Altnagelvin funding

clip-board Cancer patients and politicians have roundly welcomed Edwin Poots’ decision to push forward plans to build a £56 million radiotherapy unit in Derry, meaning people in the North West will no longer have to make a 200-mile trip for treatment.

Making a u-turn on the decision to build Altnagelvin’s treatment centre was Edwin Poots’ “first priority” and within hours of being appointed as Minister he met with cancer patients at Stormont.

He then spent his first week in office meeting patients and medical staff at both Altnagelvin and at the cancer centre in Belfast before giving the unit the go- ahead.

In March, the then UUP Health Minister Michael McGimpsey said plans for the treatment centre would have to be shelved.

The party maintains that its Minister faced three problems, which resulted in the deferral:

• the business case being held up by DFP;

• insufficient financial support from the Irish Government;

• insufficient funding to run the unit.

“If the new Health Minister has identified funding with which to both build and operate the radiotherapy unit then that is indeed good news,” MLA Basil McCrea remarked, “but there will be some concerns as to where exactly the money is coming from and whether or not that is likely to create hardship elsewhere with regard to closures of cutting services.”

The McKinsey report, a consultancy document commissioned by the Health and Social Care Board, suggests that savings can be made within the Health Service by reducing, charging for and consolidating services. The report suggests that required funding for 2014-2015 could be reduced by £600 million.

Answering Assembly members at Stormont, Poots said cancer is “not something about which we can be complacent.” In 2009-2010, there were 56,286 people in Northern Ireland living with diagnosed cancers or other tumours.

The Minister said that the Irish Government will “fully fund” its €19 million share of the project and reassured members that “the establishment of this facility will not have, and never would have had, a detrimental impact on any other health service.”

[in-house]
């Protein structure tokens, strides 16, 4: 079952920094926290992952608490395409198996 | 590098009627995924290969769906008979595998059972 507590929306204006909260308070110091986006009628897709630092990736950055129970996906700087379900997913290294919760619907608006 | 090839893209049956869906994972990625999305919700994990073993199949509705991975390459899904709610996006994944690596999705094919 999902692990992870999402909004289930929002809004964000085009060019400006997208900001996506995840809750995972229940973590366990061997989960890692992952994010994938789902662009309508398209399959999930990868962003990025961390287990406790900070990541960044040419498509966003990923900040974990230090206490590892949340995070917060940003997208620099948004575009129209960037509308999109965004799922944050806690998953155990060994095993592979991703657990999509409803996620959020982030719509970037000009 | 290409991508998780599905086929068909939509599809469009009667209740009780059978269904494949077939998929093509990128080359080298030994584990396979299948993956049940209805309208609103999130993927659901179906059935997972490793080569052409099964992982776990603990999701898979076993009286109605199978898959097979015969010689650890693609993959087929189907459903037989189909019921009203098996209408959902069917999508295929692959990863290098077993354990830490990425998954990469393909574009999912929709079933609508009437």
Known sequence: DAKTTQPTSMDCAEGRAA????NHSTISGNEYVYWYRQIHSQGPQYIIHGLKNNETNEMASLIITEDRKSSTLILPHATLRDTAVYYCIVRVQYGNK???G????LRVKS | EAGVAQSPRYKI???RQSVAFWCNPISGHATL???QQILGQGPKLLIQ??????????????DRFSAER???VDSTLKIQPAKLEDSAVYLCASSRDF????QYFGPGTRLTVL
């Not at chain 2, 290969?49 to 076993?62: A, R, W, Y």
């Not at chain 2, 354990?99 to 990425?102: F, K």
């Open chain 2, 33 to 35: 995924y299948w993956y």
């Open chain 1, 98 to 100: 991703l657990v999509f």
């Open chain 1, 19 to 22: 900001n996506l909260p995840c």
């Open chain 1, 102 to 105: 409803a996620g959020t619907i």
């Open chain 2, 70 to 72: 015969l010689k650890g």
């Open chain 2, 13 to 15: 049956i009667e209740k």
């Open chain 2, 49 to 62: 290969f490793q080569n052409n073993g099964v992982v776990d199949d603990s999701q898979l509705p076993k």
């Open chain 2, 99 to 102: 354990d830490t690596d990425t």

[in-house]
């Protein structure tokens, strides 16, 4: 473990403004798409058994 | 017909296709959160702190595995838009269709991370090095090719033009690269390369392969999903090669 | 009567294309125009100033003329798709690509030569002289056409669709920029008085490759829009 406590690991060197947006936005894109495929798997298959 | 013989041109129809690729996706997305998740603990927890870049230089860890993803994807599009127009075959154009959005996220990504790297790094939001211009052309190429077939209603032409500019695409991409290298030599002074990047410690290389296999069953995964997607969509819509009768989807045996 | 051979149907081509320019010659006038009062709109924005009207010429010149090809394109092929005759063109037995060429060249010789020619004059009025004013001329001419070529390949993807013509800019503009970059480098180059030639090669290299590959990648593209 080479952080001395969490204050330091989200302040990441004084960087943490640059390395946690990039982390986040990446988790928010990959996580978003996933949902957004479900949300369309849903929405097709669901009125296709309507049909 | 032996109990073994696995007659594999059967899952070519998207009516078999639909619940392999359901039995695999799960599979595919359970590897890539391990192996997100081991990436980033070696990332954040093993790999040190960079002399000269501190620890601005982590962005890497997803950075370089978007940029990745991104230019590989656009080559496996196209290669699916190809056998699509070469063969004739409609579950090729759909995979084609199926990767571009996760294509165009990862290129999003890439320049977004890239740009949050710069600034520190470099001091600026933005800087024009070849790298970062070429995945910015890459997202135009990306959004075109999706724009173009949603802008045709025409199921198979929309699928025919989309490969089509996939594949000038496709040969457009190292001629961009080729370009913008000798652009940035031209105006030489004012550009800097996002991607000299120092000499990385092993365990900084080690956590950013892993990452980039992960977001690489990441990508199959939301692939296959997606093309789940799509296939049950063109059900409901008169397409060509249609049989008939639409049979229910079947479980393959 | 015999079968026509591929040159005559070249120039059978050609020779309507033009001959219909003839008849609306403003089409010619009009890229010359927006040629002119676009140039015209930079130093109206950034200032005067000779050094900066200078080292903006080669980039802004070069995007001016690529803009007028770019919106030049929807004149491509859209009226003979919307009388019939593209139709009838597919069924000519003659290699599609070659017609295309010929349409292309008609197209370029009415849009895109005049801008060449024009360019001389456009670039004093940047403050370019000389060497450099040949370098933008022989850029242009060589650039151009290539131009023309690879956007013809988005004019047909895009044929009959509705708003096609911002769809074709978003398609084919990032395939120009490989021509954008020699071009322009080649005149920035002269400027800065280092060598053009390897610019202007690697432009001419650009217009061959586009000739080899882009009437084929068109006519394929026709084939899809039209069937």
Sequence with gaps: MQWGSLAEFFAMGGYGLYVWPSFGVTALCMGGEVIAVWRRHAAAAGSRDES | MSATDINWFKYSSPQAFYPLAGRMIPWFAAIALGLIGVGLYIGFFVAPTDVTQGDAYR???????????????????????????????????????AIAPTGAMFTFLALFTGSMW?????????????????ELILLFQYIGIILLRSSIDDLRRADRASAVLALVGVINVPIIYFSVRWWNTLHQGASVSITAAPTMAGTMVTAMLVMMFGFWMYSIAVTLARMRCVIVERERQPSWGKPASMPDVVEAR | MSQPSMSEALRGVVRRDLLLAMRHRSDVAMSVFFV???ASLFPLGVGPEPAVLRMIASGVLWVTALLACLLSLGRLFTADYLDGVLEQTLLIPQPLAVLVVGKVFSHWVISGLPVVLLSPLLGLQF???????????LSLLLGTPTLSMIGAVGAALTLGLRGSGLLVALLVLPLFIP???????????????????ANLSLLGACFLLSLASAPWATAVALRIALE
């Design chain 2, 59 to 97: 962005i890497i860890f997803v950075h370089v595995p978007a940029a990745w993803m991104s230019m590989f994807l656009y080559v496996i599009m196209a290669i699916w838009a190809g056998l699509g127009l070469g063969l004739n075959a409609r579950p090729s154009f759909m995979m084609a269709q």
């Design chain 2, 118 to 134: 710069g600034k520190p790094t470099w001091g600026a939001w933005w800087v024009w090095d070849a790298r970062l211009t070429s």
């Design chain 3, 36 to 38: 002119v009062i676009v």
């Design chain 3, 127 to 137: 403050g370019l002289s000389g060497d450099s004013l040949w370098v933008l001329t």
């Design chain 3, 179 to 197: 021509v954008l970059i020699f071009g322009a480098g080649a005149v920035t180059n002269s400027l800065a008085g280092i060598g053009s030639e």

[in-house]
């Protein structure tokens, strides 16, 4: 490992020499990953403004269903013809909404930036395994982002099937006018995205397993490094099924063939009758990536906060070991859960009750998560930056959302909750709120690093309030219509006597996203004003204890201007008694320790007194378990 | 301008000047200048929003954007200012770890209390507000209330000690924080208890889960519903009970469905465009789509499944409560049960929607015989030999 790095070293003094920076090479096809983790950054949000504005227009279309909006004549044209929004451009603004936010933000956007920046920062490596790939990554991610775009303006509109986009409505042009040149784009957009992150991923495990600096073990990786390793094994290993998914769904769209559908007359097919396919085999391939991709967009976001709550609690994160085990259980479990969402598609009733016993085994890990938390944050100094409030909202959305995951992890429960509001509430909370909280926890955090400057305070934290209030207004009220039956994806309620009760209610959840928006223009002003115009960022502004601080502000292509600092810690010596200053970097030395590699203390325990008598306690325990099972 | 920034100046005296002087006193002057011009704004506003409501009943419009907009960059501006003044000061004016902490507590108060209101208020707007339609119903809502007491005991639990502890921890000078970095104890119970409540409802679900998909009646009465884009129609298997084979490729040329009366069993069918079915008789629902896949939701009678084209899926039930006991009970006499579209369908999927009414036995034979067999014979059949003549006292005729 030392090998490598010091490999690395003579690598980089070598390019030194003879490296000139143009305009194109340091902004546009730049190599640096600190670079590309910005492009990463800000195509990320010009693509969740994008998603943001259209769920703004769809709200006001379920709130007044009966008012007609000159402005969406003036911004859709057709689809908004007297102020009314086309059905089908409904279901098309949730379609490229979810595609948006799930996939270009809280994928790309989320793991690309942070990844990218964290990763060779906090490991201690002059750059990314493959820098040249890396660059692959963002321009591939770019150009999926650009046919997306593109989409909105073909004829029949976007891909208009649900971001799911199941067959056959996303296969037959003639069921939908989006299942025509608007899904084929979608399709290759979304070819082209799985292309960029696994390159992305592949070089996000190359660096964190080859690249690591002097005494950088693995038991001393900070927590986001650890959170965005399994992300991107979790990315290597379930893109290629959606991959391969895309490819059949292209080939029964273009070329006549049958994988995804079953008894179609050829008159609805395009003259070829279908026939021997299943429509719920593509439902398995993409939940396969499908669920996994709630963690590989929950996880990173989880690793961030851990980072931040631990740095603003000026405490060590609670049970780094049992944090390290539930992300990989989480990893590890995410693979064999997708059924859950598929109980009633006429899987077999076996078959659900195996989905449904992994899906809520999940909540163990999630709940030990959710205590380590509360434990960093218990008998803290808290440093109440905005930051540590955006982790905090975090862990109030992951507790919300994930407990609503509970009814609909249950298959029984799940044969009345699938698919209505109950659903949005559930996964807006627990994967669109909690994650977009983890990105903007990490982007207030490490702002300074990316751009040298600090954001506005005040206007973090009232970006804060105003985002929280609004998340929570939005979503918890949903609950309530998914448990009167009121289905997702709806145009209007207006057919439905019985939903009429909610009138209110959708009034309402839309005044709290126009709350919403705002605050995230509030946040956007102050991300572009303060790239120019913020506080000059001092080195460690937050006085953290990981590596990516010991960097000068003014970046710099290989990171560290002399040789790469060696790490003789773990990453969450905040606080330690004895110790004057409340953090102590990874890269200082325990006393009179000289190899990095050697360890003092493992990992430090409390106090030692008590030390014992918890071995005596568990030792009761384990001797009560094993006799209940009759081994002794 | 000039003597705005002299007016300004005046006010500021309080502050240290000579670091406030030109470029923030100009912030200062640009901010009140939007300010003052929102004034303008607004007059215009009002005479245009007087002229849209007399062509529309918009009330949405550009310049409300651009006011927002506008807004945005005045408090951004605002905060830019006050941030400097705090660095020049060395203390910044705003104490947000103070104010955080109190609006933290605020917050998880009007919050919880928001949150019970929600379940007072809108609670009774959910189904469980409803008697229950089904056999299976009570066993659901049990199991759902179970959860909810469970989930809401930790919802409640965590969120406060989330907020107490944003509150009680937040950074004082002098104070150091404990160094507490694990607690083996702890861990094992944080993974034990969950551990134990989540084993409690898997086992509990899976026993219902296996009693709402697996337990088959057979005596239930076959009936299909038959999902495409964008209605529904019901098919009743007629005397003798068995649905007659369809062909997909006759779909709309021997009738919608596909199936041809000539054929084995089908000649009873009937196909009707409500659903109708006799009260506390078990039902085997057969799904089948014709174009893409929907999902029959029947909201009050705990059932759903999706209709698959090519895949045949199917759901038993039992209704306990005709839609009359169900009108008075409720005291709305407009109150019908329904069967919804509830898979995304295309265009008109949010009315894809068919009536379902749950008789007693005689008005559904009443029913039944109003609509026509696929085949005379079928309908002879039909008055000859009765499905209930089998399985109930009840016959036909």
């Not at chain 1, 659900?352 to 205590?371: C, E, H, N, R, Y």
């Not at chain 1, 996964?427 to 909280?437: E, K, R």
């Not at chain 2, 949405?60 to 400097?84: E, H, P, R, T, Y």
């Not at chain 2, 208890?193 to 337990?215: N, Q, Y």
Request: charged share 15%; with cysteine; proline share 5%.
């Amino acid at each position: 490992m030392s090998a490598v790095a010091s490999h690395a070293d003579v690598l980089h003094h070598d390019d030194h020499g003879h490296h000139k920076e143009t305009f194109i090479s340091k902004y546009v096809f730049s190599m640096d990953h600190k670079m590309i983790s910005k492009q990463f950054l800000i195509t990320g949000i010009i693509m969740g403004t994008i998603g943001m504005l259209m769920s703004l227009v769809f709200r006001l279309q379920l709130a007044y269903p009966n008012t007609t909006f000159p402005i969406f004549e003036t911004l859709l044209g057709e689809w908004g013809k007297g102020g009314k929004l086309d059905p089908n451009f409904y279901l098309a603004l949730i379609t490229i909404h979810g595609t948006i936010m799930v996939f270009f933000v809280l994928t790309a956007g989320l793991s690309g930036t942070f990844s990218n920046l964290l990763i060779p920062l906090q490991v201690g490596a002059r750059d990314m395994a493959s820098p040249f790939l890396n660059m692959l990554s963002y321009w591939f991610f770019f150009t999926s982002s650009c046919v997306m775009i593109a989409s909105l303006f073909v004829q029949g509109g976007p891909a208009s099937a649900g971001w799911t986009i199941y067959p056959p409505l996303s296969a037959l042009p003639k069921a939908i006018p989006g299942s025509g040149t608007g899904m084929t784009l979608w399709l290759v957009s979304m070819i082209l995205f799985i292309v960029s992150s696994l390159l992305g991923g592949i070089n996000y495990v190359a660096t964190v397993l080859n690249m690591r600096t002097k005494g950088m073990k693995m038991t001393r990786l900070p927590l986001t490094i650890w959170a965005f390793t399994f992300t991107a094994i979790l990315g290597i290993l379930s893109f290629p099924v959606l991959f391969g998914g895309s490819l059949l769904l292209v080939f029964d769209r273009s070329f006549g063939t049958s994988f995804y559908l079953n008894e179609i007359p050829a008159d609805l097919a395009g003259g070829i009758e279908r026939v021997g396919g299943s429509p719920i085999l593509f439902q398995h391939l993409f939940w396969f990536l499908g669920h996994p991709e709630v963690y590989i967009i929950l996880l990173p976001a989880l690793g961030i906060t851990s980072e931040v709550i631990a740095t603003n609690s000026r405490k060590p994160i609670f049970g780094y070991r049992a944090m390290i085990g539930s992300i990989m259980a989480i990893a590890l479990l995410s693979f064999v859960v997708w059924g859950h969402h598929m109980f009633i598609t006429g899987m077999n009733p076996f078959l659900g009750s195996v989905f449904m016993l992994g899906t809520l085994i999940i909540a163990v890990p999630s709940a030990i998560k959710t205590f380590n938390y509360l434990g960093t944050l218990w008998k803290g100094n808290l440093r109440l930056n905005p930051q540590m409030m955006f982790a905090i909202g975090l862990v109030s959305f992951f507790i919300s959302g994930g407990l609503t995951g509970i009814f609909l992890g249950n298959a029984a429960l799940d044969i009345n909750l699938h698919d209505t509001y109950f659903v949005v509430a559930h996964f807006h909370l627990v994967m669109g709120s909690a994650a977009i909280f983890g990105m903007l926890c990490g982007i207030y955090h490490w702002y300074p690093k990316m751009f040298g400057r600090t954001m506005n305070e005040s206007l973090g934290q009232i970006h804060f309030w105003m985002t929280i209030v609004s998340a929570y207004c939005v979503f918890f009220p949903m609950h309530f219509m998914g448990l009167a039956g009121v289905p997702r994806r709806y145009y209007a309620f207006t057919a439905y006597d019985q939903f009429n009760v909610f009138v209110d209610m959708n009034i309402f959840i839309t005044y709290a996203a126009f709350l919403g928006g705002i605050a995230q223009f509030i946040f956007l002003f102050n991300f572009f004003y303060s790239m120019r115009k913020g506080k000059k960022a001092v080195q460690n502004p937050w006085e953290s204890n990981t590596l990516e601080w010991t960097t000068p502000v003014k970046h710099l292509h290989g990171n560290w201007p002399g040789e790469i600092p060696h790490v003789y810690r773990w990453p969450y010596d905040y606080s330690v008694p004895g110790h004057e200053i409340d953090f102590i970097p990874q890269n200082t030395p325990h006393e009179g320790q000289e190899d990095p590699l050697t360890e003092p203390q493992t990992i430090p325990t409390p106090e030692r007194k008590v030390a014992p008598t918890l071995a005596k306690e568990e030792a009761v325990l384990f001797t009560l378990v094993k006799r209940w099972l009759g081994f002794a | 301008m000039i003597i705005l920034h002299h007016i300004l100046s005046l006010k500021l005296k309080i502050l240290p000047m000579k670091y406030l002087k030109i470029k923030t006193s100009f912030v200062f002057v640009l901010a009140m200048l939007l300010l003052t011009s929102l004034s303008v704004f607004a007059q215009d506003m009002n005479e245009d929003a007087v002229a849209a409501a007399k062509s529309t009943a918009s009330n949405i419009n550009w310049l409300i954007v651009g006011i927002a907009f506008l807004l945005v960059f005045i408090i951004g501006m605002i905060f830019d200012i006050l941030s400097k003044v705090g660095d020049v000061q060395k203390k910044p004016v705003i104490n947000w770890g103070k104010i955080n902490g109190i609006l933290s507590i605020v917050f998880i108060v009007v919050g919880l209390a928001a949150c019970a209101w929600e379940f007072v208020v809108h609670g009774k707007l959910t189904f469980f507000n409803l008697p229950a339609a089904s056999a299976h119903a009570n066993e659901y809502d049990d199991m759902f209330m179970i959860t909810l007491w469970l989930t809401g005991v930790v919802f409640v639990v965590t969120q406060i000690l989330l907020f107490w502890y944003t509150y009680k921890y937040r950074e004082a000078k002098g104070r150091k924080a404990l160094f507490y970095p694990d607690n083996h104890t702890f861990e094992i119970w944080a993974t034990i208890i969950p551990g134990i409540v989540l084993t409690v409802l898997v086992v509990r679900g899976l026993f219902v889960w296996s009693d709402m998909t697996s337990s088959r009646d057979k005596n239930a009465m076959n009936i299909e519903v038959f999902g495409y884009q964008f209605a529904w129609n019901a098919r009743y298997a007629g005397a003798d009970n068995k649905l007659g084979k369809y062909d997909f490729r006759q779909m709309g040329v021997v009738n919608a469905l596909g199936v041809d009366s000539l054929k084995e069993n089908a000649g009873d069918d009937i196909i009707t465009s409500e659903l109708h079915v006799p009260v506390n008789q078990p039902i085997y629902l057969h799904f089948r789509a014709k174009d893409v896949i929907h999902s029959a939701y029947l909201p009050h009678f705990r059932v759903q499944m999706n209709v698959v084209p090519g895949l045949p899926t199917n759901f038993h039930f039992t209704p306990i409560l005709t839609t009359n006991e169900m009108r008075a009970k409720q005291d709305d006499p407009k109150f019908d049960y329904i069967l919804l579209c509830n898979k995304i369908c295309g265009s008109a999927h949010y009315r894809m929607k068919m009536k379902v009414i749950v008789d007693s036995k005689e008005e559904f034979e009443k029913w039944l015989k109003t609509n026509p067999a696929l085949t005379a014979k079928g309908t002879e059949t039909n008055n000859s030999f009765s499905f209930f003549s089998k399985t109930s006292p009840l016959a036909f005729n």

He confirmed that money is available for both building the centre and dealing with the running costs: “I have now thoroughly reviewed all the relevant information and I have decided to make the necessary funding − both current and capital − available. This amounts to £56 million being made available to build the unit and an estimated additional £9 million being made available over current service provision for running costs.” The start-up costs for the project, in advance of opening the facility, will amount to £14.5 million including the costs of training. However, Poots said there are also plans to identify a further £30 million in savings on generic drugs in general.

While Poots recognises there are pressures on the Health Service, he said: “We have to make best use of the resources that we have”.

When asked by Alliance MLA Kieran McCarthy whether other cross-border health initiatives will be implemented to make savings, the Minister said he would be “prepared to look at all of them” if they will provide a better Health Service at a reduced cost.

He added that getting the facility ready as soon as possible is “critical” as the cancer centre in Belfast City Hospital is expected to reach capacity by 2015: “It is anticipated that construction of the new centre will be completed by 2015 and the facility will be available in early 2016.”

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